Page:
Have you ever had or been that employee that just couldn’t get it together? Constantly late? Seemingly unhappy with the job or company? At the time, it may seem that the only resolution is to part ways. But, wait…
First, realize that the dissatisfied employee is not alone. As a matter of fact, they are part of the majority. According to the 2016 State of the American Workplace Gallup poll, 67% of those surveyed either hate their jobs or are completely disengaged. Sadly, that number hasn’t budged much over the past decade and a half, remaining between 67 and 72 percent since 2002. Why is that? The key is in the answer because it is estimated that lost productivity, stolen goods, and missed days of work cost the U.S. nearly $500 billion each year.
The troubled employee is either displaying passive aggressive behavior or outright complaining about his/her job or the company. Why shouldn’t you fire the employee? They have valuable information! Only they hold the true key to unlocking this mystery and with the statistics above, firing them may only result in a twin replacement. As a manager, executive, or business owner it is your job to find out if their unhappiness is personal in nature or if there is some substance displeasure that warrant a closer look and strategic action.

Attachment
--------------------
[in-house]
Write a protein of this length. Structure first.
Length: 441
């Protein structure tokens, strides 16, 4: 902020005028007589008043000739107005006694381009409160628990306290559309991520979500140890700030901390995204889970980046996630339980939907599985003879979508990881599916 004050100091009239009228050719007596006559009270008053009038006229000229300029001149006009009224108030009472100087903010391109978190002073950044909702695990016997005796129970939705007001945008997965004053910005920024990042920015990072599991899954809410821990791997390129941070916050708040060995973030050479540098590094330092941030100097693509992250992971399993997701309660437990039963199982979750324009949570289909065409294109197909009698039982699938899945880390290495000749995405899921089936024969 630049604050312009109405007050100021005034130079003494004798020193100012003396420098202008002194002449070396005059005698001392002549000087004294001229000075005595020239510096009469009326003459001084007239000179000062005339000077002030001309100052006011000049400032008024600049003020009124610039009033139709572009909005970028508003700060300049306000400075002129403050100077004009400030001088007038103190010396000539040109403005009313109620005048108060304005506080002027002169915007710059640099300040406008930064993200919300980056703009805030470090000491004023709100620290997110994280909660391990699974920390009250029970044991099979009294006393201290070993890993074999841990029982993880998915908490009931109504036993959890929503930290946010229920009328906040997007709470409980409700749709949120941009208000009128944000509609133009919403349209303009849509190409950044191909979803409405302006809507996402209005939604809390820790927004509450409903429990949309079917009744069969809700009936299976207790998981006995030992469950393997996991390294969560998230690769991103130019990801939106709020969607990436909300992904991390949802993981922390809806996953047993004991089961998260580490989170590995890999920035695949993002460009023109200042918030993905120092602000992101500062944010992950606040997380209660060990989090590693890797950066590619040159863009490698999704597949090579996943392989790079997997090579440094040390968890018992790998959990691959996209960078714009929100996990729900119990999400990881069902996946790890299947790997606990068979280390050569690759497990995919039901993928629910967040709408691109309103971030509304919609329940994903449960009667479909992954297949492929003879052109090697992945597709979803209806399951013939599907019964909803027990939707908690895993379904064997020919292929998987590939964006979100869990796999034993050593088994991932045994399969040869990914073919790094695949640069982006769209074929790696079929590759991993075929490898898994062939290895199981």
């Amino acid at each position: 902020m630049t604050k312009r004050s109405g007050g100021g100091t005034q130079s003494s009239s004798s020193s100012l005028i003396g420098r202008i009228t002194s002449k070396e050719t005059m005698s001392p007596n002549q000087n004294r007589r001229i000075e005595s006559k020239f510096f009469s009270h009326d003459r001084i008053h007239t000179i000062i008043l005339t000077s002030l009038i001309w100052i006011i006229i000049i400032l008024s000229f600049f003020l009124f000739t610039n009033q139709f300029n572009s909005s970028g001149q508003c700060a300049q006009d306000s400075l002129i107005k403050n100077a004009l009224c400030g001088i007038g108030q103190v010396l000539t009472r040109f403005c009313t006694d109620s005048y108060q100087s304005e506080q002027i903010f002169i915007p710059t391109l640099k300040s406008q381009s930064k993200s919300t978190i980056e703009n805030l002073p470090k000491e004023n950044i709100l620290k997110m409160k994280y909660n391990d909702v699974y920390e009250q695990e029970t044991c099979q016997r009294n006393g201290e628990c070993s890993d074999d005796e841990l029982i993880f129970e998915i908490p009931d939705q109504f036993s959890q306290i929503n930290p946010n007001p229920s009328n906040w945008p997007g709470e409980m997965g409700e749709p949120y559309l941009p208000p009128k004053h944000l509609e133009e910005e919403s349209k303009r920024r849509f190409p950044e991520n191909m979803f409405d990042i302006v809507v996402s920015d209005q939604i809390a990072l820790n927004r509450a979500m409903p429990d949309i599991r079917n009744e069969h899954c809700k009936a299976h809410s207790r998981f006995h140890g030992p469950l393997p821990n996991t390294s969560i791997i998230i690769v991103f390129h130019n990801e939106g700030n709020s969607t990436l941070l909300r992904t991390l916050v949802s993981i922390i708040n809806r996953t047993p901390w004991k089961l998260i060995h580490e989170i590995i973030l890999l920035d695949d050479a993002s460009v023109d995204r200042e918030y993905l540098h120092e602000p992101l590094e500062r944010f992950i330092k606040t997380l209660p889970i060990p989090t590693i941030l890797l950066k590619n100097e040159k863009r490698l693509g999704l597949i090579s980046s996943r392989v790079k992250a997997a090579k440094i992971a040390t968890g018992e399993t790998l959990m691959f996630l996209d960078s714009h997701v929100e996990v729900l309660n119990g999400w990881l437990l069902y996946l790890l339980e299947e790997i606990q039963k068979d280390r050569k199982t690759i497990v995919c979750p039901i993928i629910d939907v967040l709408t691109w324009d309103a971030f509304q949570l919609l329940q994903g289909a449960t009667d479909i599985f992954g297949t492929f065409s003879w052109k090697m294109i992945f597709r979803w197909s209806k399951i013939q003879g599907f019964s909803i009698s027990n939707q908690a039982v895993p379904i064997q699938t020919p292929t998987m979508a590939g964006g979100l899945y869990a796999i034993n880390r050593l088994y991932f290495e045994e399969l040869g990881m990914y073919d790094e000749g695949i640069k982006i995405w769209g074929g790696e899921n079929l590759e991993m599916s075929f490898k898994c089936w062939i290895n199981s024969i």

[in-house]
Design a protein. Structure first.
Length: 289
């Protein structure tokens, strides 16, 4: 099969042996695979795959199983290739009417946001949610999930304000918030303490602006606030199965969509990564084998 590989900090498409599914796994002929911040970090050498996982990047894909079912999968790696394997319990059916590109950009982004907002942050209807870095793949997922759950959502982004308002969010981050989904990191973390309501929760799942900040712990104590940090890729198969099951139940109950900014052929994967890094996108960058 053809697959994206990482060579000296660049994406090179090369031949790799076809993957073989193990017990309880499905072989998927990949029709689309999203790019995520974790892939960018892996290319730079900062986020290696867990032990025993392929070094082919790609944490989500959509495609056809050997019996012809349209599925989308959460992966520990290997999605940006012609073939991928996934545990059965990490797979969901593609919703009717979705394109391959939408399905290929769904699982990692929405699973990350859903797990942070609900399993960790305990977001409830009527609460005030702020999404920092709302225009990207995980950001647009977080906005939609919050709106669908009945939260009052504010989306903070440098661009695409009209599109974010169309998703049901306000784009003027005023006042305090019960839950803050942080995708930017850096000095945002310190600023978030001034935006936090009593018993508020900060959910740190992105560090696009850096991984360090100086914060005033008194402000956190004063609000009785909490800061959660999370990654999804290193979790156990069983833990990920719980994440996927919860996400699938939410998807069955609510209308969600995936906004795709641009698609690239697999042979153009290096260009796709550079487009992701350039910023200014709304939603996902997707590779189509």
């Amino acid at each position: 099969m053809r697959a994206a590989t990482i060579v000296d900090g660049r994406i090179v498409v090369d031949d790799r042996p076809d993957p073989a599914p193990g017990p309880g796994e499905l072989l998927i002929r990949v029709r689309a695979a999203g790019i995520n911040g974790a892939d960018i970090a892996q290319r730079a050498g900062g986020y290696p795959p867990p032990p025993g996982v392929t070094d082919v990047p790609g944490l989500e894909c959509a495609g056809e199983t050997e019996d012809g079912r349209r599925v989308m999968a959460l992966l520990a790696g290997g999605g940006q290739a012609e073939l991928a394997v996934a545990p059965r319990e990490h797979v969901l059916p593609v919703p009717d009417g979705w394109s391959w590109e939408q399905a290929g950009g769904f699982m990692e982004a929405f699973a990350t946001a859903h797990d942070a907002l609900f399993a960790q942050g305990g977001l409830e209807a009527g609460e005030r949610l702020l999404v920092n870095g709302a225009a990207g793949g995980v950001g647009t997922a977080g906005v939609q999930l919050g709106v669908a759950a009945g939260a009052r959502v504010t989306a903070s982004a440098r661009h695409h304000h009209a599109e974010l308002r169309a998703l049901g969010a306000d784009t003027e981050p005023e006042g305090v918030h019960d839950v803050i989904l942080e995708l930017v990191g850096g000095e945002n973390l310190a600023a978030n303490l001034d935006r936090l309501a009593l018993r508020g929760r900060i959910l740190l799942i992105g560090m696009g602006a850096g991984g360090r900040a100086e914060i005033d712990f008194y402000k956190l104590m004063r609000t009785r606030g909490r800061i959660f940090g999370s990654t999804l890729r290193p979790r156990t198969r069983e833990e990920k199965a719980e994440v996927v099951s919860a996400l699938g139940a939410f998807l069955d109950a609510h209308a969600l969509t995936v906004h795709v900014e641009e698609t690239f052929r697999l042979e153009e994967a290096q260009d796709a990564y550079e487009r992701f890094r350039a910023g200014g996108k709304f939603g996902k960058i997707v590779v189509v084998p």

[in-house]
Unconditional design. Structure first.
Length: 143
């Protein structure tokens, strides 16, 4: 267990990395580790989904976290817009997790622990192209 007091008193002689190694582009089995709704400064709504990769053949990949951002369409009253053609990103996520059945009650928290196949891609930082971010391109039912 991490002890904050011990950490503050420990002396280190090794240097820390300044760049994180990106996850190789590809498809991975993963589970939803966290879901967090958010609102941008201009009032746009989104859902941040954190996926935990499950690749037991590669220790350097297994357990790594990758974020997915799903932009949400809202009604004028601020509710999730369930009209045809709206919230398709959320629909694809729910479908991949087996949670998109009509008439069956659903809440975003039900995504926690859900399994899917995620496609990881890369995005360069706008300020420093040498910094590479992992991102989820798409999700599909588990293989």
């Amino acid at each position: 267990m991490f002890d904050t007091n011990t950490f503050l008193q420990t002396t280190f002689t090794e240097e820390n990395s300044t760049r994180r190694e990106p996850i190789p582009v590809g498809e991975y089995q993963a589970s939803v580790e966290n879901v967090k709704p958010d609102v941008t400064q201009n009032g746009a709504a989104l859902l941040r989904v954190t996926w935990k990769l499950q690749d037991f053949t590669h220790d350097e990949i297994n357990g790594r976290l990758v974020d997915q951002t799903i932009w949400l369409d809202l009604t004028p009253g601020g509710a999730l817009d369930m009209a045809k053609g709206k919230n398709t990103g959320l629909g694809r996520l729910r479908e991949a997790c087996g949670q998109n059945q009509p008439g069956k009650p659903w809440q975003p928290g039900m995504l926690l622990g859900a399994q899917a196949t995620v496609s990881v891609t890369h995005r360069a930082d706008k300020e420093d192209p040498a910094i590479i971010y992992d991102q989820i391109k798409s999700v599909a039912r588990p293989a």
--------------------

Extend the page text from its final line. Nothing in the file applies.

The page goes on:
If they are in fact passive aggressive or have not expressly stated their issue, the best place to start is by asking why they are unhappy or what is the problem? That may sound simple and easy enough, but if they are already unhappy and disengaged, it may take some investigation and creativity to get them talking (or writing). Once they do, BE OPEN and LISTEN. A shocking, 96% of people do not voice complaints to the company involved, most of them simply walk away and never look back. The danger in them walking away is that you may never know the reason, how to fix it, and with whom they will share their experience. If you don’t know, you can’t adjust, adapt, or grow.
Approach the employee and issue with this in mind: When an employee is engaged and their needs (basic needs, individual needs, teamwork needs, personal growth needs) are met, they are emotionally and psychologically attached to their work and workplace. Subsequently, their individual performance increases and they drive their team and organization towards improved critical outcomes. It is guaranteed that the dissatisfaction lies in one or more of their needs not being met.
Out of your dialogue with the employee or employees you may glean an opportunity for individual coaching or a fresh look at some necessary changes. Do not be afraid to address the elephant in the room! If at the end of the conversation it is determined that the employee and the department or organization are not a good match, then be willing to admit it, help the employee understand it, and help them to find something else that fits. Ultimately, the key takeaways should include lessons learned and an action plan for both parties.